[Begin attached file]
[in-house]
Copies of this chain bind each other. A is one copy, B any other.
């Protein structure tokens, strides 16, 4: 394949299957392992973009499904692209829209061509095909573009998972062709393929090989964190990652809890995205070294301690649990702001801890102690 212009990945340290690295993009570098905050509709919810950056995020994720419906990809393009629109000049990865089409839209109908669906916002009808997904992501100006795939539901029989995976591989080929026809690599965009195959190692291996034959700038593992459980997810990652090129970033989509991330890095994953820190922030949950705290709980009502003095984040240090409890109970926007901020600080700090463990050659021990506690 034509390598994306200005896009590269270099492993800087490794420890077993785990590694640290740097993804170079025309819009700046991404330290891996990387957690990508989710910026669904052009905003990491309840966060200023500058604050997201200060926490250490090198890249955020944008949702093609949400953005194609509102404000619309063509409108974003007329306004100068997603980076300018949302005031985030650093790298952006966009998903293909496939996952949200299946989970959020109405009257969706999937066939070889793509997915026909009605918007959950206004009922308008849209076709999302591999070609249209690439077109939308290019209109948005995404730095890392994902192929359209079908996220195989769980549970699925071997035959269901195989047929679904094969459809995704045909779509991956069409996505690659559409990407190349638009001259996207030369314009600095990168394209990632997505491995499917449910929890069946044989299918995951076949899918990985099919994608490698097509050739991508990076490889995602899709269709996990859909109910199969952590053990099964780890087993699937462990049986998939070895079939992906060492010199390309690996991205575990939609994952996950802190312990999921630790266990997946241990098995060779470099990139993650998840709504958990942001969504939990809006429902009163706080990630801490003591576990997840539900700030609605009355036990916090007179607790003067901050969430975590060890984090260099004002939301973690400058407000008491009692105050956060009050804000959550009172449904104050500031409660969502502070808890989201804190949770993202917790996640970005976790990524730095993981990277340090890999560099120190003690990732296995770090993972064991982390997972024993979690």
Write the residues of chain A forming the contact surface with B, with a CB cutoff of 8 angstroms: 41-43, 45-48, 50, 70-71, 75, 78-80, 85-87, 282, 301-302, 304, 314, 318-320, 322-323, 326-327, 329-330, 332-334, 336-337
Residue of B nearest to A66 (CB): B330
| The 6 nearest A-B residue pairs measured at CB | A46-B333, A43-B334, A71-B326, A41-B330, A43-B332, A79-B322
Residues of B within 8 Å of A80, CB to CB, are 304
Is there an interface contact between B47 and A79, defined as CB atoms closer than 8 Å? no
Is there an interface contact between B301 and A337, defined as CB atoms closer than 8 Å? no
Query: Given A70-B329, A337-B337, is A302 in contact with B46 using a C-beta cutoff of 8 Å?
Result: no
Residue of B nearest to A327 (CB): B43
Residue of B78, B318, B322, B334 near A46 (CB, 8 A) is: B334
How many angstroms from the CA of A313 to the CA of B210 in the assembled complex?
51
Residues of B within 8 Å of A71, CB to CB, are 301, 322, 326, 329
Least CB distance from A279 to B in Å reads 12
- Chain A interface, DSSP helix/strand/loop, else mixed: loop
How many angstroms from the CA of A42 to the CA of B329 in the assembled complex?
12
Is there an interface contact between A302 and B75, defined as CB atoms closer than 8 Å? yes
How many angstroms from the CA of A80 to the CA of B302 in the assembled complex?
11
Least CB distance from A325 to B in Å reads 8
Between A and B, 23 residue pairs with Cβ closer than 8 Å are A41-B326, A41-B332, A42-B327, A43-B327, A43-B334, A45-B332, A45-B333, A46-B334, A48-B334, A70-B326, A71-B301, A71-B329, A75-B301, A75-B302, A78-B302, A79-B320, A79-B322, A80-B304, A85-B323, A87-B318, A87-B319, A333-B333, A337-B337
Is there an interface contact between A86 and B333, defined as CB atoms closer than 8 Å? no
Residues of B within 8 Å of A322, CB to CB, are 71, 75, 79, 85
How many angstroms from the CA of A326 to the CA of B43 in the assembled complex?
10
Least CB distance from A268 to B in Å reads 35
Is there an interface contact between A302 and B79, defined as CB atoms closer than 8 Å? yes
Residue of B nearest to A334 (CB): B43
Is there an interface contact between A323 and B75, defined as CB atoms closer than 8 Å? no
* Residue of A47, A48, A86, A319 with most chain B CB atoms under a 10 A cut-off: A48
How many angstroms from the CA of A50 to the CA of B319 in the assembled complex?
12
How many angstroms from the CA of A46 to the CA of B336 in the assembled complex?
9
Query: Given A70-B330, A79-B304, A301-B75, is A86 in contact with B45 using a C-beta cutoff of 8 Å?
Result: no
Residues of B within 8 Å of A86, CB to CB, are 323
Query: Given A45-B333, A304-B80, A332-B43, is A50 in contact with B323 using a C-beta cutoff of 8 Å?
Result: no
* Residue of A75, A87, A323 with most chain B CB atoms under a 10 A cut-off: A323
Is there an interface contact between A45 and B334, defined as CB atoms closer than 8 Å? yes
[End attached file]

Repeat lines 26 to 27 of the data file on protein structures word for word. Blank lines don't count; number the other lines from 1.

Is there an interface contact between A86 and B333, defined as CB atoms closer than 8 Å? no
Residues of B within 8 Å of A322, CB to CB, are 71, 75, 79, 85